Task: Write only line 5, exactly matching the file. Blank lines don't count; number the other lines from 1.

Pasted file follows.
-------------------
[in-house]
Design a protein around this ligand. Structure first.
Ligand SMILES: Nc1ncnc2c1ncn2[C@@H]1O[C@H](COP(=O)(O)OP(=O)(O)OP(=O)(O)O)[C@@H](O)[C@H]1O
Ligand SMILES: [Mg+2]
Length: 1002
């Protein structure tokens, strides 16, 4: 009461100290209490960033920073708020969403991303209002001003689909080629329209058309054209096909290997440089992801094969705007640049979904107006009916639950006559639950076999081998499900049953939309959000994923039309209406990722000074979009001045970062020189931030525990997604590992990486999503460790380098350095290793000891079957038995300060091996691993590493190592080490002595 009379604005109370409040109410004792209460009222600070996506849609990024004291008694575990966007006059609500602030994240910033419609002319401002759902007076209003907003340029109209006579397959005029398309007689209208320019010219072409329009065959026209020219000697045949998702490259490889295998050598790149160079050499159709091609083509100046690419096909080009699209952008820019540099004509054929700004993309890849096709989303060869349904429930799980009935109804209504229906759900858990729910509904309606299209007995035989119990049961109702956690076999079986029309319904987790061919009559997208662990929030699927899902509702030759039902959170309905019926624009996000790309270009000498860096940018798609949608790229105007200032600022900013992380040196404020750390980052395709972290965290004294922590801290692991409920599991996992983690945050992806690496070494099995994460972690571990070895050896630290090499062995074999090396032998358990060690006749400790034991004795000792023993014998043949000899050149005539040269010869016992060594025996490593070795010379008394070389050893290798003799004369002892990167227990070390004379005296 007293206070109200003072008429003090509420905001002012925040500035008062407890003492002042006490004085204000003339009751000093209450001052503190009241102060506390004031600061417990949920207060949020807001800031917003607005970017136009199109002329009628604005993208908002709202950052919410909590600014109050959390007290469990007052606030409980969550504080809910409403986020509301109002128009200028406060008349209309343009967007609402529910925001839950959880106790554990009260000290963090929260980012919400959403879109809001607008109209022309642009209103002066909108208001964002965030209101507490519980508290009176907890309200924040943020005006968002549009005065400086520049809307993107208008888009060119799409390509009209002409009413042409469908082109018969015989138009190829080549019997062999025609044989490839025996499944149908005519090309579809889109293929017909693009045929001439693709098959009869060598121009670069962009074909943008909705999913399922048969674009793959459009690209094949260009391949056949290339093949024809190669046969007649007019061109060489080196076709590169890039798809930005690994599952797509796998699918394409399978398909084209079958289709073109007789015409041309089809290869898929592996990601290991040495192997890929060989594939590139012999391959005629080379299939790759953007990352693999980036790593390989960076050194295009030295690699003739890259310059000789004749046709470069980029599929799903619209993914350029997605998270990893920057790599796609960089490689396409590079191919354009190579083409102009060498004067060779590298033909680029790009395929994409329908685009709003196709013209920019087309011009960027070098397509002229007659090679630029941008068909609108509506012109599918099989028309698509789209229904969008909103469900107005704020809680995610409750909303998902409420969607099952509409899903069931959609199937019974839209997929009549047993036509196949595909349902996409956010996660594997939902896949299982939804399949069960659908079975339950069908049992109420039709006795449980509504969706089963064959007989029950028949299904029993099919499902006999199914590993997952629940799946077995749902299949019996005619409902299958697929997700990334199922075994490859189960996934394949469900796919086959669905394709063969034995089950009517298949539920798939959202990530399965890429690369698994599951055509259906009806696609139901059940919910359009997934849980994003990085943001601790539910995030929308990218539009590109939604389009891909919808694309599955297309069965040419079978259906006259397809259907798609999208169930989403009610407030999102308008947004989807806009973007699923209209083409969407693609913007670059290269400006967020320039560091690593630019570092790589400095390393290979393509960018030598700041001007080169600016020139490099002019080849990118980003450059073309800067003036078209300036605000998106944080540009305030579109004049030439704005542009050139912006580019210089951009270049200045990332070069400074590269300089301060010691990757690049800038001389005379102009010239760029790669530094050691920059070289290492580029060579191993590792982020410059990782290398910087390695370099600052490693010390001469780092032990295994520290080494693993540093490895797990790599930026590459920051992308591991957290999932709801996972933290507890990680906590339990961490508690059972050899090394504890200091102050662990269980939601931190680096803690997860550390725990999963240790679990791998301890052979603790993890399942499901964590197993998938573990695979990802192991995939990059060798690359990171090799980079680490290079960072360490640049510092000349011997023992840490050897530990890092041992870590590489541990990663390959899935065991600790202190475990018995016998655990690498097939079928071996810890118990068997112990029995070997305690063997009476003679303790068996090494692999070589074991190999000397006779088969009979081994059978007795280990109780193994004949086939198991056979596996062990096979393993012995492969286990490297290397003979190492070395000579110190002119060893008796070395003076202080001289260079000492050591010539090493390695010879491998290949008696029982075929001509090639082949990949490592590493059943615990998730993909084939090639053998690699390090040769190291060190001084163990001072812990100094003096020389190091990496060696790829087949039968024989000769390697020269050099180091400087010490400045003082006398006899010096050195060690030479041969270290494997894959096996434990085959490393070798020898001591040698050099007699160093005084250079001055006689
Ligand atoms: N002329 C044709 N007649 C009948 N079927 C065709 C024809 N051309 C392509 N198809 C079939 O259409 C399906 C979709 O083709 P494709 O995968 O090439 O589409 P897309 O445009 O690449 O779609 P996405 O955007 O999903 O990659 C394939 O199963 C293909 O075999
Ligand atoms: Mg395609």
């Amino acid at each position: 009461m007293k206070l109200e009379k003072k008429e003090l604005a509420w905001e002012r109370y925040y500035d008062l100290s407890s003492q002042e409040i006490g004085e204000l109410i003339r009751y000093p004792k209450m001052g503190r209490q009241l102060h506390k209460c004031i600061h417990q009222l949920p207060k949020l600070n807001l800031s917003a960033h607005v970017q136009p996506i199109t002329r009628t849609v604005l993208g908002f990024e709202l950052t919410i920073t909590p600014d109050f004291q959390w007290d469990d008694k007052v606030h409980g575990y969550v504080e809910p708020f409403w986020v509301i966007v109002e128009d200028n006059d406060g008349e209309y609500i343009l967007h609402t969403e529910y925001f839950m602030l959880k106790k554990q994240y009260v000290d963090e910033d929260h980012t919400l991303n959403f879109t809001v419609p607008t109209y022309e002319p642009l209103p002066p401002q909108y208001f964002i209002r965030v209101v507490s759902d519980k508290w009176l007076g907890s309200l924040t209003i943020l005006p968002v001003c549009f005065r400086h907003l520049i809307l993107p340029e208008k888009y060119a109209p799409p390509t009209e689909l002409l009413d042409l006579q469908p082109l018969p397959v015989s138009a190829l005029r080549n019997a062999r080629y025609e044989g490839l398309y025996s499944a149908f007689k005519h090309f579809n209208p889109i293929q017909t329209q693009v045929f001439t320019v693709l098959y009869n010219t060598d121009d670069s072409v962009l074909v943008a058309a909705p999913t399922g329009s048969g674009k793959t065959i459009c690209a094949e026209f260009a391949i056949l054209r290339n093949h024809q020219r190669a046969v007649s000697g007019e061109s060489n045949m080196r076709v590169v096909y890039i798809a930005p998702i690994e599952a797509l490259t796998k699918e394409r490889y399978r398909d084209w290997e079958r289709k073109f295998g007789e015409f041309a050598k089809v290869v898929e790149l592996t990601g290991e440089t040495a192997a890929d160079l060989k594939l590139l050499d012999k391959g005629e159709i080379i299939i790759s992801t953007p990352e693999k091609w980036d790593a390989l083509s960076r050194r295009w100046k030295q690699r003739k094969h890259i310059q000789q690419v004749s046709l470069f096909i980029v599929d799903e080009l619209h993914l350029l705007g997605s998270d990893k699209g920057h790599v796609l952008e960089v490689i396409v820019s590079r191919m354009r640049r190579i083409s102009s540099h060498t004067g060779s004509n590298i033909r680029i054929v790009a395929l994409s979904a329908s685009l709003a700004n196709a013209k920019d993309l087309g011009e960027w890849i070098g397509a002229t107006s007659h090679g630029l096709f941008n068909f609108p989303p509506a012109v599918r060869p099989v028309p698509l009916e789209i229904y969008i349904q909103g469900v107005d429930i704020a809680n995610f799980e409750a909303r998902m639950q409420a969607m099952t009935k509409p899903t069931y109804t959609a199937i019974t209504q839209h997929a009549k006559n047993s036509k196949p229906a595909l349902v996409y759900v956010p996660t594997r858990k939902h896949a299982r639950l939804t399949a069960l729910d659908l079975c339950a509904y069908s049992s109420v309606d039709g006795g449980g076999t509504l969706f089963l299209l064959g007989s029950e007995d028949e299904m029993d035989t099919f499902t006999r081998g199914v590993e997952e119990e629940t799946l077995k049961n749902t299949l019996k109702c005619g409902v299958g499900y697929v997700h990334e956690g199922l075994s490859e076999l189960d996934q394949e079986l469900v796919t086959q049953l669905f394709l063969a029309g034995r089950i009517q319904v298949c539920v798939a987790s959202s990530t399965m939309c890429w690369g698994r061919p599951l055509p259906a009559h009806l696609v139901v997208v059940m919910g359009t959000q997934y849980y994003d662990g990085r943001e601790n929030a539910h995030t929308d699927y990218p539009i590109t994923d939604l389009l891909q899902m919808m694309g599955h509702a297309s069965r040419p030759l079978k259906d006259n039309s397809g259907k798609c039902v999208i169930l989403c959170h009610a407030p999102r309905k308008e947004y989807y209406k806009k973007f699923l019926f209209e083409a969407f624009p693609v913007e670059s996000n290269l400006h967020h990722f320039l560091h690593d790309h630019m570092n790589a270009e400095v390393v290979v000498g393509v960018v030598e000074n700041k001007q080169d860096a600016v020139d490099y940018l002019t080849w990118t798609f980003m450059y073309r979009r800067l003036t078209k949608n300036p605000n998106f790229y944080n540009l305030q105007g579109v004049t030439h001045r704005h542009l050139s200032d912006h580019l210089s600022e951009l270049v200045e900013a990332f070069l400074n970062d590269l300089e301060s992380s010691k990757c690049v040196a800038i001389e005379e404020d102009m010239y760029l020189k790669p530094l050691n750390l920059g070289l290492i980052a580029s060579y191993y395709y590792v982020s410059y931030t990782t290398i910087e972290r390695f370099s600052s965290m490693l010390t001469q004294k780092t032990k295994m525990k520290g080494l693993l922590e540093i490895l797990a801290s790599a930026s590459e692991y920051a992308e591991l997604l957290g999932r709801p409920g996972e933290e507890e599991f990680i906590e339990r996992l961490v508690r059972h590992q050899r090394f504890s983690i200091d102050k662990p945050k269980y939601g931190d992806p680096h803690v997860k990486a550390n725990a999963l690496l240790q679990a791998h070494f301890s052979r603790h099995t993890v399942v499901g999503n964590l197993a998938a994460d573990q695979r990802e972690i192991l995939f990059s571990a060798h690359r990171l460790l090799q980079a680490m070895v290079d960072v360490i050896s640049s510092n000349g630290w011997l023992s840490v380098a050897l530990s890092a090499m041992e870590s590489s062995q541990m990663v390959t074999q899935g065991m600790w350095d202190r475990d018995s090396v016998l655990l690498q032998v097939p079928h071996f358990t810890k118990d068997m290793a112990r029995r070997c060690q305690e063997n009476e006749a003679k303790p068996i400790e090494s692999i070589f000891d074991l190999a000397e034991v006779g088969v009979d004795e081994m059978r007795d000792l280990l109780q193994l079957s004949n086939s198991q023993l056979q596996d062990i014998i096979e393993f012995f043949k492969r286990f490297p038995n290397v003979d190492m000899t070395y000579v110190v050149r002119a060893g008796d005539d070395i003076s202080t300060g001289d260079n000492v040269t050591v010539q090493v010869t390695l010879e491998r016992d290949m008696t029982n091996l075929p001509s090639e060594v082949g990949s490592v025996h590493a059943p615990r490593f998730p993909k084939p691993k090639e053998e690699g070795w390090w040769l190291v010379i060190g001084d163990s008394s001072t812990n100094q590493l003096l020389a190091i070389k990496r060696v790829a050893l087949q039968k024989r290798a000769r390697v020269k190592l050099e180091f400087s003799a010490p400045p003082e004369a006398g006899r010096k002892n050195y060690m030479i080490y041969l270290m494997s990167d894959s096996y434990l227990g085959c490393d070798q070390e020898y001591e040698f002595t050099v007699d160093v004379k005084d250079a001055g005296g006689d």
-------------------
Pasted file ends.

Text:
Length: 1002